The unregulated growth that is characteristic of human malignant gliomas is accompanied by, and may result from, losses and/or gains of genetic material. Understanding the mechanisms that underlie how particular genetic aberrations cause dysfunctional growth will help elucidate the pathogenesis of this disease. Two techniques are proving useful in evaluating the clinical relevance of specific genetic aberrations in malignant gliomas. Fluorescence in situ hybridization (FISH) permits direct visualization of gains and losses of genetic material in single cells and quantitation of cellular subpopulations that have particular genetic aberrations. Comparative genomic hybridization can identify regions of genetic gain and loss in tumor DNA.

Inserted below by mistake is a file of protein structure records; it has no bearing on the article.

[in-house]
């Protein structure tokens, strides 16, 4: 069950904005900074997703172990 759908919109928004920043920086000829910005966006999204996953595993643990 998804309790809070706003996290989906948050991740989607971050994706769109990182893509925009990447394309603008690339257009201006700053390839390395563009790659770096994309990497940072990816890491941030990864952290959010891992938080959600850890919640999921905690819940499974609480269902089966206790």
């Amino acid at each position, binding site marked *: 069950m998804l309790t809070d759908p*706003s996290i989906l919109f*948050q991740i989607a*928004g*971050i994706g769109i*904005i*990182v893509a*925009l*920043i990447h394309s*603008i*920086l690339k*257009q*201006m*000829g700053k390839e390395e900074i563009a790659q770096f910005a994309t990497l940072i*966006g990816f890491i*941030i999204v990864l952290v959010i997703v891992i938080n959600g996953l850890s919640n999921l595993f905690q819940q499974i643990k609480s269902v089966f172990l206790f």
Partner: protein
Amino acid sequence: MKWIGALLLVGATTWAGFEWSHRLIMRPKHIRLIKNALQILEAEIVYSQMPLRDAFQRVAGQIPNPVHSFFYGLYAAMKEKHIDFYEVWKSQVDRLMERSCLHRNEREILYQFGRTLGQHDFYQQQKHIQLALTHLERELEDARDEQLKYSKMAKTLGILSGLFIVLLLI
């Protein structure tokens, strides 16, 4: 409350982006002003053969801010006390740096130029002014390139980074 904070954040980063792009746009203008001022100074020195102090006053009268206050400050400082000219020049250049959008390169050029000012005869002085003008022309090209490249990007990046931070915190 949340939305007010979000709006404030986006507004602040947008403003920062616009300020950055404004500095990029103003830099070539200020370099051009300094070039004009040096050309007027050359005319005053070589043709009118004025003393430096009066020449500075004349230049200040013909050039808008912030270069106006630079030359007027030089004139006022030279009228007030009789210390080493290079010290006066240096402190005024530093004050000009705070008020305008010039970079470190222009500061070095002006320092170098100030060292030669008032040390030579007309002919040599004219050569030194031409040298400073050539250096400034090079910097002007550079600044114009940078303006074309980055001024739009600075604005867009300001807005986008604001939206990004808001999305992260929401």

- comparative genomic hybridization
- fluorescence in situ hybridization
- malignant glioma
- tumor genetics
ASJC Scopus subject areas
- Clinical Neurology
- Cancer Research